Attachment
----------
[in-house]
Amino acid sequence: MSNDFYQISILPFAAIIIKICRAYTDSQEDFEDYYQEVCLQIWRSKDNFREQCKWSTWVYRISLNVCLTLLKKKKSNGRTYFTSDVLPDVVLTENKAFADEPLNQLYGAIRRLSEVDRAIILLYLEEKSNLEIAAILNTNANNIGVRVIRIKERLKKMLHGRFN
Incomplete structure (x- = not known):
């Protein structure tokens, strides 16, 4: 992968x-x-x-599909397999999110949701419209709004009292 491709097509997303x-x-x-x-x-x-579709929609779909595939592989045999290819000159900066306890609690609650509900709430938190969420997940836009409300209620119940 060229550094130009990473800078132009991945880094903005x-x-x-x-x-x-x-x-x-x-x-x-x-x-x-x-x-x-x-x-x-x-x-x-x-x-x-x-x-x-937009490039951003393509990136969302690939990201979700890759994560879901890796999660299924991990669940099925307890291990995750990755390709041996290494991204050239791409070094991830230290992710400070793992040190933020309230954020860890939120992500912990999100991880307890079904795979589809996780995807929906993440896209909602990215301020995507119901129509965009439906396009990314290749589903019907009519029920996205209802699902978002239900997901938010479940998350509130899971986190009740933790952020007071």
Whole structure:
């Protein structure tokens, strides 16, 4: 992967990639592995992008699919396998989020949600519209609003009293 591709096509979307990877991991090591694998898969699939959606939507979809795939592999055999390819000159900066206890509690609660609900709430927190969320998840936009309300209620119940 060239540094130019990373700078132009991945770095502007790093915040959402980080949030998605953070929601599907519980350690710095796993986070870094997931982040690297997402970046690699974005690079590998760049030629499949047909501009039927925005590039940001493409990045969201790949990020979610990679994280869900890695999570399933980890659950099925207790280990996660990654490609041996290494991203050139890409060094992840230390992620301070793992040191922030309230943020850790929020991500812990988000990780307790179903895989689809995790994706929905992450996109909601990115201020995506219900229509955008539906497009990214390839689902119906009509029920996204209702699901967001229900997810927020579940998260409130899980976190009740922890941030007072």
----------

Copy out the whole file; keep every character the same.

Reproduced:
[in-house]
Amino acid sequence: MSNDFYQISILPFAAIIIKICRAYTDSQEDFEDYYQEVCLQIWRSKDNFREQCKWSTWVYRISLNVCLTLLKKKKSNGRTYFTSDVLPDVVLTENKAFADEPLNQLYGAIRRLSEVDRAIILLYLEEKSNLEIAAILNTNANNIGVRVIRIKERLKKMLHGRFN
Incomplete structure (x- = not known):
């Protein structure tokens, strides 16, 4: 992968x-x-x-599909397999999110949701419209709004009292 491709097509997303x-x-x-x-x-x-579709929609779909595939592989045999290819000159900066306890609690609650509900709430938190969420997940836009409300209620119940 060229550094130009990473800078132009991945880094903005x-x-x-x-x-x-x-x-x-x-x-x-x-x-x-x-x-x-x-x-x-x-x-x-x-x-x-x-x-x-937009490039951003393509990136969302690939990201979700890759994560879901890796999660299924991990669940099925307890291990995750990755390709041996290494991204050239791409070094991830230290992710400070793992040190933020309230954020860890939120992500912990999100991880307890079904795979589809996780995807929906993440896209909602990215301020995507119901129509965009439906396009990314290749589903019907009519029920996205209802699902978002239900997901938010479940998350509130899971986190009740933790952020007071």
Whole structure:
């Protein structure tokens, strides 16, 4: 992967990639592995992008699919396998989020949600519209609003009293 591709096509979307990877991991090591694998898969699939959606939507979809795939592999055999390819000159900066206890509690609660609900709430927190969320998840936009309300209620119940 060239540094130019990373700078132009991945770095502007790093915040959402980080949030998605953070929601599907519980350690710095796993986070870094997931982040690297997402970046690699974005690079590998760049030629499949047909501009039927925005590039940001493409990045969201790949990020979610990679994280869900890695999570399933980890659950099925207790280990996660990654490609041996290494991203050139890409060094992840230390992620301070793992040191922030309230943020850790929020991500812990988000990780307790179903895989689809995790994706929905992450996109909601990115201020995506219900229509955008539906497009990214390839689902119906009509029920996204209702699901967001229900997810927020579940998260409130899980976190009740922890941030007072």